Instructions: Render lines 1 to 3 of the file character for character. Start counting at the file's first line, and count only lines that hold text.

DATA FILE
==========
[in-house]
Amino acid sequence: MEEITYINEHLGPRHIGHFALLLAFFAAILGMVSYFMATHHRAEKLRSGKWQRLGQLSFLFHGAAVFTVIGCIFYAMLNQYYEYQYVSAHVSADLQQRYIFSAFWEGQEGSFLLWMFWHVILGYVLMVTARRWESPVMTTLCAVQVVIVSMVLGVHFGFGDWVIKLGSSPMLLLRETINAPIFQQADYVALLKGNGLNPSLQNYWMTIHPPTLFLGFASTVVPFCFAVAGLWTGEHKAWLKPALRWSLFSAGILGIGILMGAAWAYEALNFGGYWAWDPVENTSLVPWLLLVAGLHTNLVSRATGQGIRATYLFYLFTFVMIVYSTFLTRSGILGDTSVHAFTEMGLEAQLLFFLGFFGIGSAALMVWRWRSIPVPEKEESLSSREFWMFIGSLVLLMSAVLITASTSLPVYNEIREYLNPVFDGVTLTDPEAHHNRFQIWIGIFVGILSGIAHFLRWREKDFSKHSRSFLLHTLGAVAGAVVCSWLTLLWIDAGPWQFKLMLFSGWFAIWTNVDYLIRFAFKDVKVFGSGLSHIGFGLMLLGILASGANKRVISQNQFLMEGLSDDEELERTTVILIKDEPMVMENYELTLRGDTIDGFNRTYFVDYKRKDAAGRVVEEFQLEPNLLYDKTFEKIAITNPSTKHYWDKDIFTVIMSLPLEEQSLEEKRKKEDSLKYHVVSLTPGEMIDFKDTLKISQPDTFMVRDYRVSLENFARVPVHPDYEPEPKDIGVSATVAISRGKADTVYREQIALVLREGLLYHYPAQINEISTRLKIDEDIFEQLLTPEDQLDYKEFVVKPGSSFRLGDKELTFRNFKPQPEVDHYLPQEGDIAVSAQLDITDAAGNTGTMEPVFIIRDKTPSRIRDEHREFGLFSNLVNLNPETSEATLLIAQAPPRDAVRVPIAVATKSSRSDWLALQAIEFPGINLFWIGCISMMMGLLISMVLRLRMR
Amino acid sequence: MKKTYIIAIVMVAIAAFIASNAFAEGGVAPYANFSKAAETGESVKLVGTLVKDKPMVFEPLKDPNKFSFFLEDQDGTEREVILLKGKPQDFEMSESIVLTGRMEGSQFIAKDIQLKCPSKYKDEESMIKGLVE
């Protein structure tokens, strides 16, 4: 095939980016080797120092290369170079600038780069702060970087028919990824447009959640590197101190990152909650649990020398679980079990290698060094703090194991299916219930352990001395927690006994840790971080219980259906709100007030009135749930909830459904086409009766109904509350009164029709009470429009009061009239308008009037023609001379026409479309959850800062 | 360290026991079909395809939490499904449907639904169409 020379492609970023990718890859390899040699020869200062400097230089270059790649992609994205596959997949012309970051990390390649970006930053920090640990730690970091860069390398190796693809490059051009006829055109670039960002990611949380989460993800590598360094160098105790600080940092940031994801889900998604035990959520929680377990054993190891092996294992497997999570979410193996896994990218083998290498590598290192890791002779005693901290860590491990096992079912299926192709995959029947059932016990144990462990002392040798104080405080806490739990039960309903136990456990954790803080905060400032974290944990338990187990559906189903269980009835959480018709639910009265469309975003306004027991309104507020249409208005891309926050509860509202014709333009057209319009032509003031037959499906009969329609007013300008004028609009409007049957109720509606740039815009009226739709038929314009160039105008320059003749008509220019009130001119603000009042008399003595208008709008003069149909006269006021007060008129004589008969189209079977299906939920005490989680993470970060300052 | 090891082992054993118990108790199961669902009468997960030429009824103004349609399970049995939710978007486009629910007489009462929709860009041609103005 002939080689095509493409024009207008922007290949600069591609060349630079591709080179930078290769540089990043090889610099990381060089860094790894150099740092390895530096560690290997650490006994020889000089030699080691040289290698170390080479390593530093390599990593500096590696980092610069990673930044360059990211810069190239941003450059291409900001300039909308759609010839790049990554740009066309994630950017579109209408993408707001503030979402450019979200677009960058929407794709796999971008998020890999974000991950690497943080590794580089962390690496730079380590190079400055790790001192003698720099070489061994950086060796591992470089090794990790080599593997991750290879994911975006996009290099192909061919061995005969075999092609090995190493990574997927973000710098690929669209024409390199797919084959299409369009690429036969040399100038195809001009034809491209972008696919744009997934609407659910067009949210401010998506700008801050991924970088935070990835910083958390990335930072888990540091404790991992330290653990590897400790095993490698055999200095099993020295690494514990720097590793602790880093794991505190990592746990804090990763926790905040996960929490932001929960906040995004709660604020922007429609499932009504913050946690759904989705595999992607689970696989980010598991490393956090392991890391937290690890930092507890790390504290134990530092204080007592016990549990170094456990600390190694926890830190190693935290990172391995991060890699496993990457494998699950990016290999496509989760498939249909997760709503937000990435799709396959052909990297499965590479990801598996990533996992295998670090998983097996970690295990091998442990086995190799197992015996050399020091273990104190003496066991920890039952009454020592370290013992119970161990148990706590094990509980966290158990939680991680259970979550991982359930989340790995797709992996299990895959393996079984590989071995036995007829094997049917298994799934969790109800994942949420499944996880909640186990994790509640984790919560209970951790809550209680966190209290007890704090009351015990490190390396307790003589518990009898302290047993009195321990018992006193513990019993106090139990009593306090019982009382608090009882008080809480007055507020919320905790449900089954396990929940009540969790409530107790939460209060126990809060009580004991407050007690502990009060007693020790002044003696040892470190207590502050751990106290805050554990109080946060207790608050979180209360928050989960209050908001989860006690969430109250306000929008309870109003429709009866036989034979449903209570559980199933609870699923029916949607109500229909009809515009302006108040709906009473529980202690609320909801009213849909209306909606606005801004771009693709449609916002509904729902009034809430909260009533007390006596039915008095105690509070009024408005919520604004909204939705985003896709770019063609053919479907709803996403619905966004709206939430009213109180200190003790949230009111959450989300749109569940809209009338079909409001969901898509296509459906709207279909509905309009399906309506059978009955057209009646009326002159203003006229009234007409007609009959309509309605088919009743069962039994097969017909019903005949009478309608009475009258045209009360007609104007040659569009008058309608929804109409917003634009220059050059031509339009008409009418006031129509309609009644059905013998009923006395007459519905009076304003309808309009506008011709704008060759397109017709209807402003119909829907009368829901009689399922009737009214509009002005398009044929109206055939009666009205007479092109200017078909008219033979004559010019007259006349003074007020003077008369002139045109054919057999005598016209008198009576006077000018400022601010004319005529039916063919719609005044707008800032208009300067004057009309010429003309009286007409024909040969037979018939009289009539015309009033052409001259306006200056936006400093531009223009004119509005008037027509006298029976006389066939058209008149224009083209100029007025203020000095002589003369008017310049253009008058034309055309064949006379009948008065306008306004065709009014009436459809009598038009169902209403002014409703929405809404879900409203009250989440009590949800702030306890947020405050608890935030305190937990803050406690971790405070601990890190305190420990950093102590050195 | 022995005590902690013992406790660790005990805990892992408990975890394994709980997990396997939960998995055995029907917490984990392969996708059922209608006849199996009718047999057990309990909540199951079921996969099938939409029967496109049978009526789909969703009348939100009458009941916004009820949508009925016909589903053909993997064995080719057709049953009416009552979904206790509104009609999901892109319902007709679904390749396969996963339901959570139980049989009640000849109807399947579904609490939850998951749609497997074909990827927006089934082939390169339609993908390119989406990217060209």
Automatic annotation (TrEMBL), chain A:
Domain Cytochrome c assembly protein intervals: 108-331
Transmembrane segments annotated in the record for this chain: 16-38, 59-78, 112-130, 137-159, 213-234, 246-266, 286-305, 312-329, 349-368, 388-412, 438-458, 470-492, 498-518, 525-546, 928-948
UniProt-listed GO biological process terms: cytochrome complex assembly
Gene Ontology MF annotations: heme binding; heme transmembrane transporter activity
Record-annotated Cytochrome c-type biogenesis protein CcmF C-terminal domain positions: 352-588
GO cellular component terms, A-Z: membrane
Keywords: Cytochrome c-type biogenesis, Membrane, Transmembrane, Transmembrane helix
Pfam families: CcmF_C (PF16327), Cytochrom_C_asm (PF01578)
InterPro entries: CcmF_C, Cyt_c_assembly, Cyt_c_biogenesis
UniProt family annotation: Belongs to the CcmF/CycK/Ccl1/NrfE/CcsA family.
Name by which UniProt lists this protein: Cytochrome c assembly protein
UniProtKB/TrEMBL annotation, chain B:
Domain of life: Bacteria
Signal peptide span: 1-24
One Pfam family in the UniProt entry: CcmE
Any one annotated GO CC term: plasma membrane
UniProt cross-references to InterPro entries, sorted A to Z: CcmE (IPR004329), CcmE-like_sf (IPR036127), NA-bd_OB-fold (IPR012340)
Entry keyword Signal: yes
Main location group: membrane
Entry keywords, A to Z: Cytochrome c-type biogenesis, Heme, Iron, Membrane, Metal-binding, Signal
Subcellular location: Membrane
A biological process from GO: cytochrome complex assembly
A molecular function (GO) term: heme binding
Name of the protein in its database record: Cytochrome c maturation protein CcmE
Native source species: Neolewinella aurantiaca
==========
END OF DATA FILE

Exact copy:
[in-house]
Amino acid sequence: MEEITYINEHLGPRHIGHFALLLAFFAAILGMVSYFMATHHRAEKLRSGKWQRLGQLSFLFHGAAVFTVIGCIFYAMLNQYYEYQYVSAHVSADLQQRYIFSAFWEGQEGSFLLWMFWHVILGYVLMVTARRWESPVMTTLCAVQVVIVSMVLGVHFGFGDWVIKLGSSPMLLLRETINAPIFQQADYVALLKGNGLNPSLQNYWMTIHPPTLFLGFASTVVPFCFAVAGLWTGEHKAWLKPALRWSLFSAGILGIGILMGAAWAYEALNFGGYWAWDPVENTSLVPWLLLVAGLHTNLVSRATGQGIRATYLFYLFTFVMIVYSTFLTRSGILGDTSVHAFTEMGLEAQLLFFLGFFGIGSAALMVWRWRSIPVPEKEESLSSREFWMFIGSLVLLMSAVLITASTSLPVYNEIREYLNPVFDGVTLTDPEAHHNRFQIWIGIFVGILSGIAHFLRWREKDFSKHSRSFLLHTLGAVAGAVVCSWLTLLWIDAGPWQFKLMLFSGWFAIWTNVDYLIRFAFKDVKVFGSGLSHIGFGLMLLGILASGANKRVISQNQFLMEGLSDDEELERTTVILIKDEPMVMENYELTLRGDTIDGFNRTYFVDYKRKDAAGRVVEEFQLEPNLLYDKTFEKIAITNPSTKHYWDKDIFTVIMSLPLEEQSLEEKRKKEDSLKYHVVSLTPGEMIDFKDTLKISQPDTFMVRDYRVSLENFARVPVHPDYEPEPKDIGVSATVAISRGKADTVYREQIALVLREGLLYHYPAQINEISTRLKIDEDIFEQLLTPEDQLDYKEFVVKPGSSFRLGDKELTFRNFKPQPEVDHYLPQEGDIAVSAQLDITDAAGNTGTMEPVFIIRDKTPSRIRDEHREFGLFSNLVNLNPETSEATLLIAQAPPRDAVRVPIAVATKSSRSDWLALQAIEFPGINLFWIGCISMMMGLLISMVLRLRMR
Amino acid sequence: MKKTYIIAIVMVAIAAFIASNAFAEGGVAPYANFSKAAETGESVKLVGTLVKDKPMVFEPLKDPNKFSFFLEDQDGTEREVILLKGKPQDFEMSESIVLTGRMEGSQFIAKDIQLKCPSKYKDEESMIKGLVE